California’s brands were well-represented among the crowds. A collaboration from Ashhok The Guru, owner of Guru Cannabis Co., and Sherbinskis featured a limited-edition Black Gelato rosin. Exclusive flavors from Fidels Worldwide were stacked behind the counters at clubs like Terps Army. California-born brands like Frosty Hash, Om Wellness, Puffco, the originators of Runtz, Zkittlez, and more, all made their presence known on the international stage.

Here are 10 key takeaways from 2023 Spannabis:

1. Misinformation is rampant 

The industry is lacking in regulations, leaving consumers to put the pieces together and figure out which weed shops are real and which ones are fake. There are hemp and synthetic cannabinoid shops littered around the city in high-traffic tourist areas. These stores are selling CBD alongside “HHC” flower, which is a synthetic cannabinoid that isn’t necessarily safe for consumers. It shows a definite need for cannabis education across Europe. Spain is a leader, but its bizarre proliferation of fake dispensary storefronts begs to differ.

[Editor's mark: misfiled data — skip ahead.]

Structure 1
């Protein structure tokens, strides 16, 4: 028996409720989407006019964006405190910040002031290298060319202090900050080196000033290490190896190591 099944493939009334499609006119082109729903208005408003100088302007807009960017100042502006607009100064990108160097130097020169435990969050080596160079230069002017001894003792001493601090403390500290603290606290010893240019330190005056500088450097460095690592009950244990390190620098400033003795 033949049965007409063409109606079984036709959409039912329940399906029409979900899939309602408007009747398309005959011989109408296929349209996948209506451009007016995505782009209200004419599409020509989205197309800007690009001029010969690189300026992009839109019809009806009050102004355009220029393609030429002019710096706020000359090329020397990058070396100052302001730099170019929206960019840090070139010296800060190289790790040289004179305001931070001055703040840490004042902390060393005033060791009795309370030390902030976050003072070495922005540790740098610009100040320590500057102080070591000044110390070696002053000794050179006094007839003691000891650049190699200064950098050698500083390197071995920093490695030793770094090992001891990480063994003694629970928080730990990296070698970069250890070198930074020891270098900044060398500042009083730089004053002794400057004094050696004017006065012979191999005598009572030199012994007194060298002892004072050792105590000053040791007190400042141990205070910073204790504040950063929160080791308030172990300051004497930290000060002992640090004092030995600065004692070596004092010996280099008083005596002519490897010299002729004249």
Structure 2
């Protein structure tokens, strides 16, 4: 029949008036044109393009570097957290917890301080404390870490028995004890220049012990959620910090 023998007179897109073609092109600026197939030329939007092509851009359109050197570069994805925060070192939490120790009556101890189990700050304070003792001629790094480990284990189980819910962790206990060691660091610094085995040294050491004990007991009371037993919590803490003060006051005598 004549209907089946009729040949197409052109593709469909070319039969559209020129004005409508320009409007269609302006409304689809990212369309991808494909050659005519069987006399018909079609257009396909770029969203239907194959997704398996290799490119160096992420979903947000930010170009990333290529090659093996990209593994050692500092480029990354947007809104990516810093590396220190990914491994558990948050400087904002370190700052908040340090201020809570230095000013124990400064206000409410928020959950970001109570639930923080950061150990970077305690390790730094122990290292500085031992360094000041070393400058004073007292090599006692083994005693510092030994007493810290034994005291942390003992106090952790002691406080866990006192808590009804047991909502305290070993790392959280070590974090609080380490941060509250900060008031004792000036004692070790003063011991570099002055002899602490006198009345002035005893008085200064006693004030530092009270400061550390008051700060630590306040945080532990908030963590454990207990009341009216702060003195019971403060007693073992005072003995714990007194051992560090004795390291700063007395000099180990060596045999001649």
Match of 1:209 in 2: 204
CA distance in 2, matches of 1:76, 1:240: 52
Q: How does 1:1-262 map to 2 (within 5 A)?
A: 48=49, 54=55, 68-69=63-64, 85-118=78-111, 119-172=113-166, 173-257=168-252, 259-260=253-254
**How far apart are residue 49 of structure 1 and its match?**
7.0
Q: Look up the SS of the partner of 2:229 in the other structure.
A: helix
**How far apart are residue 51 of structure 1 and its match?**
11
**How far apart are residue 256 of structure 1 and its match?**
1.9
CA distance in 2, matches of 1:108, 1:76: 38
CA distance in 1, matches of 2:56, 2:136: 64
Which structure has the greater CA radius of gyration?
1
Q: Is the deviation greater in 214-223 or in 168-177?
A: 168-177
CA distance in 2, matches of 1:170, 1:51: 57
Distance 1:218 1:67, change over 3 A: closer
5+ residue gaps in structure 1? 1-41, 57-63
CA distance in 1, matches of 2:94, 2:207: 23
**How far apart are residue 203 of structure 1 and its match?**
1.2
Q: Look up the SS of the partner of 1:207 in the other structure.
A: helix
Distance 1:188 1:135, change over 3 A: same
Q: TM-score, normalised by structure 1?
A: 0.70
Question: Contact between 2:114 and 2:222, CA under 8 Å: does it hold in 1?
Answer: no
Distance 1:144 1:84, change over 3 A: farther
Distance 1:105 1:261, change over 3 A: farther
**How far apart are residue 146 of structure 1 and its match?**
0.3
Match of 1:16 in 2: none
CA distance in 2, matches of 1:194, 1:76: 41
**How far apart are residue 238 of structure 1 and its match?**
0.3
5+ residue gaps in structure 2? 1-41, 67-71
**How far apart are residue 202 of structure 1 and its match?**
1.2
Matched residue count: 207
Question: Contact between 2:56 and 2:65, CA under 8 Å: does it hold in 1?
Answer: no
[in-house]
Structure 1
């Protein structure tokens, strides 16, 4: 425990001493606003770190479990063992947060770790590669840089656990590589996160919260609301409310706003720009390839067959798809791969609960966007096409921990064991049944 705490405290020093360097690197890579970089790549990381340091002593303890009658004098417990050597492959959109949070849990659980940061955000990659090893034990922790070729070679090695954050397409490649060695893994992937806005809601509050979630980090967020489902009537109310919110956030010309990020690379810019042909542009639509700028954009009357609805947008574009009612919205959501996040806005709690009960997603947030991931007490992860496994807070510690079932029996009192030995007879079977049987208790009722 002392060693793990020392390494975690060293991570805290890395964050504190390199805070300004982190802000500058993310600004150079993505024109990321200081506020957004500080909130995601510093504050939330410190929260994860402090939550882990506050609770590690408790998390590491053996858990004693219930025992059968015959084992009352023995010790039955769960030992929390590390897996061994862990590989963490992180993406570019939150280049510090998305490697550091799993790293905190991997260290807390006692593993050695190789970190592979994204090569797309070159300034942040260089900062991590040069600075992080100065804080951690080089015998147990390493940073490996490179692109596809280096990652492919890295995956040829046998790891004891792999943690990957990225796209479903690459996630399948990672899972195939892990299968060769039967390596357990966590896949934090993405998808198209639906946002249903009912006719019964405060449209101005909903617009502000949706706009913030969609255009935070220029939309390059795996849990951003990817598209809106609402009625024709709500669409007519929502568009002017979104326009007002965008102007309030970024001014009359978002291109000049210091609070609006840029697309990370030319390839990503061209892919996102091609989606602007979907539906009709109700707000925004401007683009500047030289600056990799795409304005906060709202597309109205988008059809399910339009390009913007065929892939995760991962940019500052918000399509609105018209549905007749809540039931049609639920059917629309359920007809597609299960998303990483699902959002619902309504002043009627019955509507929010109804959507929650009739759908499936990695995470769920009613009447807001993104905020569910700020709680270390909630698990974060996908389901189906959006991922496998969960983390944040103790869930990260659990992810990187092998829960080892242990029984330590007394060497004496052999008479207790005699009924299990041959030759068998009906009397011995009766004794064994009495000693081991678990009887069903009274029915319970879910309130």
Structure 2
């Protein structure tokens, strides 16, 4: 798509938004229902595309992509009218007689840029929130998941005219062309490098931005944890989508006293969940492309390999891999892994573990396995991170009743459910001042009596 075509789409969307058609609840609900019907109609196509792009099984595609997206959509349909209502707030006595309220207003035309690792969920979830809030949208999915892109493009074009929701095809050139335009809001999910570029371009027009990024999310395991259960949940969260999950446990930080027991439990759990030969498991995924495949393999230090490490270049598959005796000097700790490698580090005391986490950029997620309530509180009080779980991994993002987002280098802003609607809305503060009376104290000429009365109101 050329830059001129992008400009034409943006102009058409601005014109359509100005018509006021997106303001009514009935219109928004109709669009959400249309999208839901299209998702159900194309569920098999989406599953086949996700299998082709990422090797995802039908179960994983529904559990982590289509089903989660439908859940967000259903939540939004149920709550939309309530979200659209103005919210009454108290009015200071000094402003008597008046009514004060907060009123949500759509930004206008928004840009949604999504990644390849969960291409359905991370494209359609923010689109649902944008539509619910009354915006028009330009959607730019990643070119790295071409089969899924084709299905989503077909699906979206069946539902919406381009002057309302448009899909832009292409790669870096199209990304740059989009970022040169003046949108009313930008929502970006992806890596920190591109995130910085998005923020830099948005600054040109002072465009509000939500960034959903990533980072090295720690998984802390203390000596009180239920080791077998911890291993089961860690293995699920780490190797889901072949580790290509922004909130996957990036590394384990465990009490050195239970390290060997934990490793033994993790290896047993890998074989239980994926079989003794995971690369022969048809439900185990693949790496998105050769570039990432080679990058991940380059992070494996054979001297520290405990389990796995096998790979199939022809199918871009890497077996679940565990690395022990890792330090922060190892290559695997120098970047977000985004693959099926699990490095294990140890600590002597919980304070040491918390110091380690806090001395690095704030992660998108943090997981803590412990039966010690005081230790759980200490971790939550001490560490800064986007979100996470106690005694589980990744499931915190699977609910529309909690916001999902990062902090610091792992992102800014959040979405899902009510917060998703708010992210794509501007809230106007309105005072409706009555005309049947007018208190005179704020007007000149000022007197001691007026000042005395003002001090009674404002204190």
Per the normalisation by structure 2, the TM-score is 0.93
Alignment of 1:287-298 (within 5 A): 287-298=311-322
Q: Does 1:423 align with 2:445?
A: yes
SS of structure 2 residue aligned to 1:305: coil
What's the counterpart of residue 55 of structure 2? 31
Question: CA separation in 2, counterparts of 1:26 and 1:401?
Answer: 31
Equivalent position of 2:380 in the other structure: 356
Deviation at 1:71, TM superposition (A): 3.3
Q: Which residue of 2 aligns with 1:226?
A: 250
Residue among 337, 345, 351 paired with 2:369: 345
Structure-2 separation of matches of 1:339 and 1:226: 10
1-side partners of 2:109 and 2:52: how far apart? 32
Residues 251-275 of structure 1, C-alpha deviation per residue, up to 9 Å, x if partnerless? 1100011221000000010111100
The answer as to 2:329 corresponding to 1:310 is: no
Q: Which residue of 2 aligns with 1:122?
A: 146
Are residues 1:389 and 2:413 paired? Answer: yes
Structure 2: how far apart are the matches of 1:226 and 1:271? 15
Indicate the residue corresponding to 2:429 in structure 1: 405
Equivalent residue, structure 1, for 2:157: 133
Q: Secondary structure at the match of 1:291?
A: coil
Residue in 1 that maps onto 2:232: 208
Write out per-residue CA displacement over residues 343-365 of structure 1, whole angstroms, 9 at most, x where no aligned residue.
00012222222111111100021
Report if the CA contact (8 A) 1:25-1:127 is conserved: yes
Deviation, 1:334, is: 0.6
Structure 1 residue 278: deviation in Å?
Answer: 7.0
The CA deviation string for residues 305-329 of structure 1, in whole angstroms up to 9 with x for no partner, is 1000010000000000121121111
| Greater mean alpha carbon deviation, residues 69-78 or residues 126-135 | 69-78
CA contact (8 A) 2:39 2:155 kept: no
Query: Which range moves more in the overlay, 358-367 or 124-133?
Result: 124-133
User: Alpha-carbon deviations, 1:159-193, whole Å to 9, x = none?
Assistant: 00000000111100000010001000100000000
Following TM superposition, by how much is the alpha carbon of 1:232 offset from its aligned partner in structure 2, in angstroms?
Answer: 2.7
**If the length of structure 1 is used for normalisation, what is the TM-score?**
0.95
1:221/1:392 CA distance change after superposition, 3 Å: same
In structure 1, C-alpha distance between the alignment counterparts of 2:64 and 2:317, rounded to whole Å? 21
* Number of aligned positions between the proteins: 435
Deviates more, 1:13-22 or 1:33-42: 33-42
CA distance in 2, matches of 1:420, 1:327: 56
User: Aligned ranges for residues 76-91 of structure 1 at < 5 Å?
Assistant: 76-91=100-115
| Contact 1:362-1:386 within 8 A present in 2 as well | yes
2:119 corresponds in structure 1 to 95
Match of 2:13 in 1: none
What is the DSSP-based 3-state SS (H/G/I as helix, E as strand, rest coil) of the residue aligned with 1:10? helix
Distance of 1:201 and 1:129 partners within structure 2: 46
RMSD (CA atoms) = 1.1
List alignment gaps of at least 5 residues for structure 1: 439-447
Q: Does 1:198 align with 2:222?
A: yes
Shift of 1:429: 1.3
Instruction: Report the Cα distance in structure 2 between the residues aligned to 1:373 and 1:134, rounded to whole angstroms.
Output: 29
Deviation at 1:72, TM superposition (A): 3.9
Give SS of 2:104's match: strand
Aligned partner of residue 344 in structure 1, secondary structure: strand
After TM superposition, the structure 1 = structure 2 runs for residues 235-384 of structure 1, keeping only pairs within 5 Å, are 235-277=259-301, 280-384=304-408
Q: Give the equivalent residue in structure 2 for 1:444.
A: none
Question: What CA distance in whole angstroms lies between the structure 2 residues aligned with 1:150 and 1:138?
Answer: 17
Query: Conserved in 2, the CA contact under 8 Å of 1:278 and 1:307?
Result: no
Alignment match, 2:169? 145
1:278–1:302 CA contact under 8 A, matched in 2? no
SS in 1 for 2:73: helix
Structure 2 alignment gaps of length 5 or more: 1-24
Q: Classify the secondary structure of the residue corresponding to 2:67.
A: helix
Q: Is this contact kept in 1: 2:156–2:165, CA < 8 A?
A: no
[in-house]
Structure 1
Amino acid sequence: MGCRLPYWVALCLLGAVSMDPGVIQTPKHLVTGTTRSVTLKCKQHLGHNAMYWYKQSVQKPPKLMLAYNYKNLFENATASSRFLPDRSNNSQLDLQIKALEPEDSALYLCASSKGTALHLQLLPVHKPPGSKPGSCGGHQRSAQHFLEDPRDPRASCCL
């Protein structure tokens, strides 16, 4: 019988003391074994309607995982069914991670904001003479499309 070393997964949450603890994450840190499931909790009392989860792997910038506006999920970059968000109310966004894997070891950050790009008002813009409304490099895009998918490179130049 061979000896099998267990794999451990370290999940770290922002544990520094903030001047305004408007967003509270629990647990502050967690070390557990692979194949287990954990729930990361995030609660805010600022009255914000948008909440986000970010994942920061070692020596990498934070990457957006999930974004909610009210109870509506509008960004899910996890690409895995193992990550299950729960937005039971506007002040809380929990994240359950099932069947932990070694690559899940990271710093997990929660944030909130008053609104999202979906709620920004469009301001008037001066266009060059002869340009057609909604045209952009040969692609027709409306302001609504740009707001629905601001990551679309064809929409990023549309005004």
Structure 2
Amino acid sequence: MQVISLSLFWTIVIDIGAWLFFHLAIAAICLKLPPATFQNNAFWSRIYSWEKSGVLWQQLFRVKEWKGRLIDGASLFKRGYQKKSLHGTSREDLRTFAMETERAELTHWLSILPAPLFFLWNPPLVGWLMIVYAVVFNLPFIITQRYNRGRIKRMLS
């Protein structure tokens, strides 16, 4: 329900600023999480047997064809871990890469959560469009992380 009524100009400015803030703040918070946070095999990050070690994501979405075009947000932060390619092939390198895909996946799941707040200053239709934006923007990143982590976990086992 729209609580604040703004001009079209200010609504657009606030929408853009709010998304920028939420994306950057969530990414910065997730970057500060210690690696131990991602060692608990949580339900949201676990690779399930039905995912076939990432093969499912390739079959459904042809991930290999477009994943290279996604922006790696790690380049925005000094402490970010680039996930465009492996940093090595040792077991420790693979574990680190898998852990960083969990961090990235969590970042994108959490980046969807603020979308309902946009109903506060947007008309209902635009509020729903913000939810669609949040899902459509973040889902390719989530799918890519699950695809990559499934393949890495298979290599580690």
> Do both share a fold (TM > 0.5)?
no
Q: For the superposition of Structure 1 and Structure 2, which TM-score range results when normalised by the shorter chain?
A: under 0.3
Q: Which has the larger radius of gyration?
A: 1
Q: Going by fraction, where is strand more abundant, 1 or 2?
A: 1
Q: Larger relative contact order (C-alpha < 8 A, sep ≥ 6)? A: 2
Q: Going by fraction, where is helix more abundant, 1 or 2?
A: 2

2. No market is perfect or fully formed yet

Operators in more developed markets are still working out regulations. “Don’t give up,” says Maria Marimbera, a social club owner whose owned a coffee shop called Toermalijn in Tilburg, Netherlands, for 33 years. She still admits that the Netherlands has imperfect regulations that are still shifting and not quite ideal to this day. Her message is one of hope and tenacity. “Keep on fighting,” she says. “You can go three steps forward, one step back. The rules get heavier and heavier. But we make progress.”